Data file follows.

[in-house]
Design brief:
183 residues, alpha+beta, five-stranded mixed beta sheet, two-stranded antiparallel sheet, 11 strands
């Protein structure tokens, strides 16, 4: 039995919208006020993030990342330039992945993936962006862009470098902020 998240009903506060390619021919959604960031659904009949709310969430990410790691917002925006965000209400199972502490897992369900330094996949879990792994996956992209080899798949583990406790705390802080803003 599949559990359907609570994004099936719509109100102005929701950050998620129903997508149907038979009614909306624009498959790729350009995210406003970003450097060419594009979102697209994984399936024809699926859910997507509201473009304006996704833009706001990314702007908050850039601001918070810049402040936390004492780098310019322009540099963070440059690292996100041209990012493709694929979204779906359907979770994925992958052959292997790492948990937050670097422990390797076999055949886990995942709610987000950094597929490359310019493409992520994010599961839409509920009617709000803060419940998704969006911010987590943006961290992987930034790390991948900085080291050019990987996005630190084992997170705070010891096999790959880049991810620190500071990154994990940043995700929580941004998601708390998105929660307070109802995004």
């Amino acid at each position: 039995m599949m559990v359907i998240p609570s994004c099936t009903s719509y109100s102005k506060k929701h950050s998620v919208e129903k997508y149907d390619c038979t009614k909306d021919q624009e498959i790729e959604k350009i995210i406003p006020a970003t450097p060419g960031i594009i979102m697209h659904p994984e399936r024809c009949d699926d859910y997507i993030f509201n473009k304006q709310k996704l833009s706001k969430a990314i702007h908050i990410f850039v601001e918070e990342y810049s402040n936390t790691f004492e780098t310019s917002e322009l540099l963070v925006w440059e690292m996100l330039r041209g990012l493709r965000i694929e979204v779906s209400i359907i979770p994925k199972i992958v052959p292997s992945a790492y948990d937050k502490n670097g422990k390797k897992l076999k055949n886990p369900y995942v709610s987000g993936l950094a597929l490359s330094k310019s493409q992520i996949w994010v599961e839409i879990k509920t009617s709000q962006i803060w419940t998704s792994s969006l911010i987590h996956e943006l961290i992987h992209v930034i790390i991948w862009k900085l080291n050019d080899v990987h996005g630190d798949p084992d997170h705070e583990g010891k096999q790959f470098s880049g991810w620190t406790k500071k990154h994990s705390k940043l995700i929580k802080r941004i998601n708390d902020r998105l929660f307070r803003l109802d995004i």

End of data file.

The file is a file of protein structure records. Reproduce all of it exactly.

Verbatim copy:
[in-house]
Design brief:
183 residues, alpha+beta, five-stranded mixed beta sheet, two-stranded antiparallel sheet, 11 strands
């Protein structure tokens, strides 16, 4: 039995919208006020993030990342330039992945993936962006862009470098902020 998240009903506060390619021919959604960031659904009949709310969430990410790691917002925006965000209400199972502490897992369900330094996949879990792994996956992209080899798949583990406790705390802080803003 599949559990359907609570994004099936719509109100102005929701950050998620129903997508149907038979009614909306624009498959790729350009995210406003970003450097060419594009979102697209994984399936024809699926859910997507509201473009304006996704833009706001990314702007908050850039601001918070810049402040936390004492780098310019322009540099963070440059690292996100041209990012493709694929979204779906359907979770994925992958052959292997790492948990937050670097422990390797076999055949886990995942709610987000950094597929490359310019493409992520994010599961839409509920009617709000803060419940998704969006911010987590943006961290992987930034790390991948900085080291050019990987996005630190084992997170705070010891096999790959880049991810620190500071990154994990940043995700929580941004998601708390998105929660307070109802995004």
């Amino acid at each position: 039995m599949m559990v359907i998240p609570s994004c099936t009903s719509y109100s102005k506060k929701h950050s998620v919208e129903k997508y149907d390619c038979t009614k909306d021919q624009e498959i790729e959604k350009i995210i406003p006020a970003t450097p060419g960031i594009i979102m697209h659904p994984e399936r024809c009949d699926d859910y997507i993030f509201n473009k304006q709310k996704l833009s706001k969430a990314i702007h908050i990410f850039v601001e918070e990342y810049s402040n936390t790691f004492e780098t310019s917002e322009l540099l963070v925006w440059e690292m996100l330039r041209g990012l493709r965000i694929e979204v779906s209400i359907i979770p994925k199972i992958v052959p292997s992945a790492y948990d937050k502490n670097g422990k390797k897992l076999k055949n886990p369900y995942v709610s987000g993936l950094a597929l490359s330094k310019s493409q992520i996949w994010v599961e839409i879990k509920t009617s709000q962006i803060w419940t998704s792994s969006l911010i987590h996956e943006l961290i992987h992209v930034i790390i991948w862009k900085l080291n050019d080899v990987h996005g630190d798949p084992d997170h705070e583990g010891k096999q790959f470098s880049g991810w620190t406790k500071k990154h994990s705390k940043l995700i929580k802080r941004i998601n708390d902020r998105l929660f307070r803003l109802d995004i």